Are we witnessing the end of ethnic parties in Lithuania?

Are we witnessing the end of ethnic parties in Lithuania?

In Lithuania’s recent parliamentary election, the party claiming to represent the interests of Polish and other minorities failed to reach the electoral threshold. As Kiryl Kascian writes, this could bring an end to the ethnic channel of minority representation in Lithuanian politics

A special case in Lithuania’s politics

National minorities constitute about 15% of Lithuania’s population, with Poles representing 6.6% and Russians 5.8%. The EAPL-CFA or ‘Electoral Action of Poles in Lithuania – Christian Families Alliance’ party, led by Valdemar Tomaševski, is an ethnic party of Lithuania’s Polish minority and its electorate differs from other parties in Lithuania. For over a decade, it has been in an electoral arrangement with the Russian Alliance (RA) which enables the party to attract the votes of Lithuania’s Russians, who vote in ethnic terms.

The electoral Polish-Russian arrangement led by the EAPL-CFA monopolises the ethnic channel of minority representation in Lithuania. It is logical and mutually beneficial for the EAPL-CFA and the RA. The former consistently lacks ethnic Polish votes to reach the threshold at the multi-mandate constituency level set at 5%. The latter can attract no more than 20% of ethnic Russian votes. Jointly they can reach the threshold. Still, this arrangement is dominated by its ethnic Polish element.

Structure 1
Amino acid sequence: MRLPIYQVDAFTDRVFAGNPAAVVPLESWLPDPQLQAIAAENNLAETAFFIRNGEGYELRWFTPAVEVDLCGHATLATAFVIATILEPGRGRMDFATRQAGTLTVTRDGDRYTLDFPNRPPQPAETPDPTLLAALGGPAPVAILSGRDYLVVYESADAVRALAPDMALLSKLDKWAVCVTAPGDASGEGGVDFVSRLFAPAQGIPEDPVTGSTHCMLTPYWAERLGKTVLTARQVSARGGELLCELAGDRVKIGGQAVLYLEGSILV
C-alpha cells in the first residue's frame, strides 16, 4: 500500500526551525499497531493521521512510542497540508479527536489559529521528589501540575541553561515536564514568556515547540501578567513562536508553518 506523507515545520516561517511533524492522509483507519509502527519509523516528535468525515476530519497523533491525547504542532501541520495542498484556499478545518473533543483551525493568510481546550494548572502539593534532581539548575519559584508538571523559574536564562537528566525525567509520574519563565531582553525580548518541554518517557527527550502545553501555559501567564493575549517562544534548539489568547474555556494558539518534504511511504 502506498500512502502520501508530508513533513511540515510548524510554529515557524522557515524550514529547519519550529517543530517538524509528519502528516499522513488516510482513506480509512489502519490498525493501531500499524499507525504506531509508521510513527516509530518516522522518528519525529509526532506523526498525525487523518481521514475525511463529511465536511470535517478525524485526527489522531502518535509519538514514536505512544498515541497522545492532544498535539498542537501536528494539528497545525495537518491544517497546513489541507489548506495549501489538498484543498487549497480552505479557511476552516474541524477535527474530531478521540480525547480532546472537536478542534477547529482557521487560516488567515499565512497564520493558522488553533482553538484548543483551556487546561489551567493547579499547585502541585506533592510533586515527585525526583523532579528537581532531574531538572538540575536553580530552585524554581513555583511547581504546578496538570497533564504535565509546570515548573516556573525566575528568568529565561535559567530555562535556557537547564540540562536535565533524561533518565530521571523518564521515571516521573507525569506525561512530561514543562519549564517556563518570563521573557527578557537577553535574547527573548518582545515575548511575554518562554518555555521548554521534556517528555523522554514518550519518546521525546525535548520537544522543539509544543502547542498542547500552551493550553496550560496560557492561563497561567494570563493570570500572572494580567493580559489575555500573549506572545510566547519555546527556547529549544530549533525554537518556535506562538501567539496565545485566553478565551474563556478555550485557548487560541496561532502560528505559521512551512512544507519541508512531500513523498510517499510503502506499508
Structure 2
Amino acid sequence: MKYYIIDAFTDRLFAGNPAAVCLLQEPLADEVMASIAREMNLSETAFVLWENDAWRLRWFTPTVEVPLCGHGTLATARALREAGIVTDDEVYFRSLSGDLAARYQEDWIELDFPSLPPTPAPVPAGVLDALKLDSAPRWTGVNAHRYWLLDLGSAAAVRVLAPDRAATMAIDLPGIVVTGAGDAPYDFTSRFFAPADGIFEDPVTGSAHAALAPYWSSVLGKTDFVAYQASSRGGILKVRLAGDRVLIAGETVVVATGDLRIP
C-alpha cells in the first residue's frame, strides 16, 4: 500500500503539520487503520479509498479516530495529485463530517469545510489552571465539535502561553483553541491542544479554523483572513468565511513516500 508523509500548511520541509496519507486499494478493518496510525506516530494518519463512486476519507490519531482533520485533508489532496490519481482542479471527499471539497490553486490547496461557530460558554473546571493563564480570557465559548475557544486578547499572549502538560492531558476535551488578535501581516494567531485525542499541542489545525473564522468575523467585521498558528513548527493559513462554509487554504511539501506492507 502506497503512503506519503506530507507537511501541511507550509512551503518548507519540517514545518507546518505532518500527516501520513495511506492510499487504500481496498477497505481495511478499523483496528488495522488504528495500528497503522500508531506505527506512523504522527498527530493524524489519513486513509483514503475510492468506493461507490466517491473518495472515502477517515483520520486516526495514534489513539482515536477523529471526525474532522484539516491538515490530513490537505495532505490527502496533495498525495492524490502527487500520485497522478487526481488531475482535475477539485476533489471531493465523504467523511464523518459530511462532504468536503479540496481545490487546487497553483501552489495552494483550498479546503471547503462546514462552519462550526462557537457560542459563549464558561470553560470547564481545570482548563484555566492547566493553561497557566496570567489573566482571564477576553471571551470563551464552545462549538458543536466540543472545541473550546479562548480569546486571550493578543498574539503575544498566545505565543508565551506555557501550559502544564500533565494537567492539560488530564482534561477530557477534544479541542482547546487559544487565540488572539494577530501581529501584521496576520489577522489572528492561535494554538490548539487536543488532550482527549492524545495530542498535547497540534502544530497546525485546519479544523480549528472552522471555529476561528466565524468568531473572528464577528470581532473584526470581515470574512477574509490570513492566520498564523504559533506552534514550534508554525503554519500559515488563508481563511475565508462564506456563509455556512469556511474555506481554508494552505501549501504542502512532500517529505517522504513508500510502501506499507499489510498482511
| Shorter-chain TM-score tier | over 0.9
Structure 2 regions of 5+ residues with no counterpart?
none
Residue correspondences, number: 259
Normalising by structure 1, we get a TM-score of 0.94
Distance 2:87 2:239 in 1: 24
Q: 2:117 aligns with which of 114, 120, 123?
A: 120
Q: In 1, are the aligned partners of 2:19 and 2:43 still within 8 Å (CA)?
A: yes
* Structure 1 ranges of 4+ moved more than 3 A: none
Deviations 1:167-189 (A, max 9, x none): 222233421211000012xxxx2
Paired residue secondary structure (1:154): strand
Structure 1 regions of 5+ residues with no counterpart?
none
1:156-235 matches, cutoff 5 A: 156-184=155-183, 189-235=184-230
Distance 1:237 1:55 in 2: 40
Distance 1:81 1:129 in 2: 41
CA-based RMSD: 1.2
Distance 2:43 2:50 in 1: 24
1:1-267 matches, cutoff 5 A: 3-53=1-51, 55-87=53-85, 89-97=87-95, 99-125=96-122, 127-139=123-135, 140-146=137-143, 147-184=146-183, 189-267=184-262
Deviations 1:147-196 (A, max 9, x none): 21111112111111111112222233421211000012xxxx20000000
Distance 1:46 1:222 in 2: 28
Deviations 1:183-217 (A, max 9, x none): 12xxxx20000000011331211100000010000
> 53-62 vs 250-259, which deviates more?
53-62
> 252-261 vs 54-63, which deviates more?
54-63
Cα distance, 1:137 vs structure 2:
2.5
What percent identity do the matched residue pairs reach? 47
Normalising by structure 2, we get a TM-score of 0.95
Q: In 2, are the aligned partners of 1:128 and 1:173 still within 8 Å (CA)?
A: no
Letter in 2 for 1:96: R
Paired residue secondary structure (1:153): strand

EAPL-CFA’s electoral capacities

The country’s electoral system is mixed, with 70 MPs elected in a multi-mandate constituency and a further 71 MPs being winners in single-seat constituencies. During the 2012 and 2016 parliamentary elections, the EAPL-CFA received 5.83% and 5.48% of the vote. In both cases, the party list received five seats, supplemented by a further three MP mandates obtained in the single-seat constituencies around Vilnius with a predominantly ethnic Polish electorate.

Failure to reach the electoral threshold in 2020 reduced the EAPL-CFA’s representation in the Seimas from eight to three MPs, all elected in the single-seat constituencies. This nearly mirrored the situation from the 2008 election, when the EAPL-CFA narrowly missed the threshold by receiving 4.79% of the vote and obtaining three MP mandates in single-seat constituencies. After the 2020 election, the party was unable to form its parliamentary fraction, and its three current MPs joined a mixed political group.

Reputational damage

For parties with limited electoral capacities, reputation is particularly important. In recent years, the EAPL-CFA has been involved in a series of scandals.

In 2018, a conflict swirled around Michal Mackevič, chairman of the Union of Poles in Lithuania (UPL) and Member of Parliament representing the EAPL-CFA. Targeted by Poland’s prosecution service in the investigation into inappropriate use of funds from Poland by the UPL, Mackevič publicly made some offensive remarks towards Urszula Doroszewska, Poland’s Ambassador to Lithuania. This triggered debates within Lithuania’s Polish minority, and negatively affected the relations of its main political and civil organisations with the Embassy of Poland.